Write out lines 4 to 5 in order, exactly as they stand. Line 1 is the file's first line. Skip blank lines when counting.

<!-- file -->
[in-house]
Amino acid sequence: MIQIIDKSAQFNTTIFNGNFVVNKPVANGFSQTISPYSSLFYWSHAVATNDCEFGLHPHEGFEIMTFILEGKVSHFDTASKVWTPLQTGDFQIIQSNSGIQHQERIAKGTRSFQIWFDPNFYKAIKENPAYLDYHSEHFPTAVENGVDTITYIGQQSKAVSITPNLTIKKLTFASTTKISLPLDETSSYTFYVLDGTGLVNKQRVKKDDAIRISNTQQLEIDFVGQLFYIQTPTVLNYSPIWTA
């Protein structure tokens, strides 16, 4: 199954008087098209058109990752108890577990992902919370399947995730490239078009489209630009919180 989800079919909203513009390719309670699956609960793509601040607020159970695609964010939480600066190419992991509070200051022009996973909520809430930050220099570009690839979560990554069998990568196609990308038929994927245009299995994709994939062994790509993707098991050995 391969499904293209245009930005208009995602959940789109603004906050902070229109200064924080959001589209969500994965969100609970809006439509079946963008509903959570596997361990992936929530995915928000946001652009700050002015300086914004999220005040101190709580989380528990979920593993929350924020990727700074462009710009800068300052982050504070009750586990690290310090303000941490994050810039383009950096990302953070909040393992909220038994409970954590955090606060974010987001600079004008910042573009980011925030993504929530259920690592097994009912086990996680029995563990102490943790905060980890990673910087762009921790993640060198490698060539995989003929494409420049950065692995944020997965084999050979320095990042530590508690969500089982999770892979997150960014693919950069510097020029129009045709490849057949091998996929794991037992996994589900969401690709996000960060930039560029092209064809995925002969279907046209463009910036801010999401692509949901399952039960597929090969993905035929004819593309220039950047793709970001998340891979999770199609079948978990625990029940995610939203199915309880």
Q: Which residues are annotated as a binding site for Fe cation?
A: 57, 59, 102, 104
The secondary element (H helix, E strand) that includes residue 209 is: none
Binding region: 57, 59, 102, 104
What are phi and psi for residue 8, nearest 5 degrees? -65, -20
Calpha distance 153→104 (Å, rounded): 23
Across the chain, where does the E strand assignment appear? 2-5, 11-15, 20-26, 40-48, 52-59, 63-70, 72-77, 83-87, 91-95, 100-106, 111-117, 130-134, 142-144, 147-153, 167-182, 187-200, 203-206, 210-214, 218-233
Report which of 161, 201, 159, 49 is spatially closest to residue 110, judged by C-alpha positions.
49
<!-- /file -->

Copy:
Q: Which residues are annotated as a binding site for Fe cation?
A: 57, 59, 102, 104